In the beginning there was a bit. And then the pixel: a particular packaging of those bits. With the coming of the pixel, the organizing principle of most all modern media. Nearly every picture in the world is now composed of pixels: cell phone photos and Mars Rover transmissions, book illustrations and video games. Pixels and digital images are now all but synonymous.
Pixar cofounder Alvy Ray Smith offers in his new book, A Biography of the Pixel, simple but profound ideas that unify the dazzling varieties of digital image making. Pixel’s development begins with Fourier waves, proceeds through Turing machines, and ends with the first digital movies from Pixar, DreamWorks, and Blue Sky. Don’t know what a Fourier wave is? Don’t have a clue what a Turing machine does? Smith makes hard-to-understand concepts accessible to the layperson. Every field has now been touched by the small and mighty pixel – from the arts to technology; from business to entertainment. Smith opens our eyes to show how pictures composed of invisible stuff become visible.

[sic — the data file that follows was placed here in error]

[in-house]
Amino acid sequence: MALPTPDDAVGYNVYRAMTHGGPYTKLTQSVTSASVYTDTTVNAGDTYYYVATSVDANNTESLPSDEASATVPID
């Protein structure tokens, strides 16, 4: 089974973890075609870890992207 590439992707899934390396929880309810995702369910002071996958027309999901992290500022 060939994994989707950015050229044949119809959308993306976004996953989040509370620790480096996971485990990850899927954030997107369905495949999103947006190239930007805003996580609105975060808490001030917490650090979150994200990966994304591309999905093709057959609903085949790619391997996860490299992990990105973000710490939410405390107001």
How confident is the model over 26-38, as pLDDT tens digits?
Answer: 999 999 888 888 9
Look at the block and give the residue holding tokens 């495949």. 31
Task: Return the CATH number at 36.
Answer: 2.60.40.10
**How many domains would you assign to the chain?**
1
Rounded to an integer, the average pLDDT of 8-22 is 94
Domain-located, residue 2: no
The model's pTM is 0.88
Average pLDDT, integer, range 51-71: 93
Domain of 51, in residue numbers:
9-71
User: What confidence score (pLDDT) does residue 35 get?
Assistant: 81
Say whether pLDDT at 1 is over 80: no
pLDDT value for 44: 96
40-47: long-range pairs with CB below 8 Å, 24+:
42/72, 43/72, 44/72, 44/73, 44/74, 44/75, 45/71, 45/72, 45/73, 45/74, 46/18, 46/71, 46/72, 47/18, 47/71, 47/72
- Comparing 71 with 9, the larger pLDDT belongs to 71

Alvy Ray Smith co-founded Pixar and Altamira Software. He was the first Director of Computer Graphics at Lucasfilm and the first Graphics Fellow at Microsoft. He has received two technical Academy Awards for his contribution to digital moviemaking technology.
Charles C. Mann is a correspondent for The Atlantic, Science, and Wired, has also written for Fortune, The New York Times, Smithsonian, and Vanity Fair, among others. He is the author of several books, including the New York Times bestseller 1493. He has also written for the TV network HBO and the series Law & Order.
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